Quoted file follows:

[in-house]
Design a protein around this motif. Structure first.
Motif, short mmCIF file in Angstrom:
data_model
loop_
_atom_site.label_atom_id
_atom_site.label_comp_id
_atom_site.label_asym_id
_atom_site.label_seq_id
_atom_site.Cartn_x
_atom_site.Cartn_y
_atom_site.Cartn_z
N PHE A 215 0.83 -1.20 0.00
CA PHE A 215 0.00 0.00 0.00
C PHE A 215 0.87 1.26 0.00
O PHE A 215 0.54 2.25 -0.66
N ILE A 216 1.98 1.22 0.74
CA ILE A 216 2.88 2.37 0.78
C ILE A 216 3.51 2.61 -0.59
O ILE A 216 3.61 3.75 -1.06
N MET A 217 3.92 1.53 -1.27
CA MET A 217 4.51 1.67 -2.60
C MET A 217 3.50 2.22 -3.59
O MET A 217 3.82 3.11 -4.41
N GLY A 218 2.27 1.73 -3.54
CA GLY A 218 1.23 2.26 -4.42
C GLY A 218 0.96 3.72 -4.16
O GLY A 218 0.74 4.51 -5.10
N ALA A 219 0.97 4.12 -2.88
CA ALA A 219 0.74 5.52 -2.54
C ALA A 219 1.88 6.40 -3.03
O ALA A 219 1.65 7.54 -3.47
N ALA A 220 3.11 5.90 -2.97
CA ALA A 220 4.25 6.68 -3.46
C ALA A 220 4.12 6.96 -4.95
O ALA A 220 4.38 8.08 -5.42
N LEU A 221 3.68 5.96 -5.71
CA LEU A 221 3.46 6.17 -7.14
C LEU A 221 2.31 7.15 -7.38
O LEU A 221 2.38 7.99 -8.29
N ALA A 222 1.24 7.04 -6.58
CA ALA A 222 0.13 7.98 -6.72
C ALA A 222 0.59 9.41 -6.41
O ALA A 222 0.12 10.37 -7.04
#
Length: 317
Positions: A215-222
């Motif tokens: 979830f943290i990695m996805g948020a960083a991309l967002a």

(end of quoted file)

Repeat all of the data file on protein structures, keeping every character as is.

[in-house]
Design a protein around this motif. Structure first.
Motif, short mmCIF file in Angstrom:
data_model
loop_
_atom_site.label_atom_id
_atom_site.label_comp_id
_atom_site.label_asym_id
_atom_site.label_seq_id
_atom_site.Cartn_x
_atom_site.Cartn_y
_atom_site.Cartn_z
N PHE A 215 0.83 -1.20 0.00
CA PHE A 215 0.00 0.00 0.00
C PHE A 215 0.87 1.26 0.00
O PHE A 215 0.54 2.25 -0.66
N ILE A 216 1.98 1.22 0.74
CA ILE A 216 2.88 2.37 0.78
C ILE A 216 3.51 2.61 -0.59
O ILE A 216 3.61 3.75 -1.06
N MET A 217 3.92 1.53 -1.27
CA MET A 217 4.51 1.67 -2.60
C MET A 217 3.50 2.22 -3.59
O MET A 217 3.82 3.11 -4.41
N GLY A 218 2.27 1.73 -3.54
CA GLY A 218 1.23 2.26 -4.42
C GLY A 218 0.96 3.72 -4.16
O GLY A 218 0.74 4.51 -5.10
N ALA A 219 0.97 4.12 -2.88
CA ALA A 219 0.74 5.52 -2.54
C ALA A 219 1.88 6.40 -3.03
O ALA A 219 1.65 7.54 -3.47
N ALA A 220 3.11 5.90 -2.97
CA ALA A 220 4.25 6.68 -3.46
C ALA A 220 4.12 6.96 -4.95
O ALA A 220 4.38 8.08 -5.42
N LEU A 221 3.68 5.96 -5.71
CA LEU A 221 3.46 6.17 -7.14
C LEU A 221 2.31 7.15 -7.38
O LEU A 221 2.38 7.99 -8.29
N ALA A 222 1.24 7.04 -6.58
CA ALA A 222 0.13 7.98 -6.72
C ALA A 222 0.59 9.41 -6.41
O ALA A 222 0.12 10.37 -7.04
#
Length: 317
Positions: A215-222
């Motif tokens: 979830f943290i990695m996805g948020a960083a991309l967002a």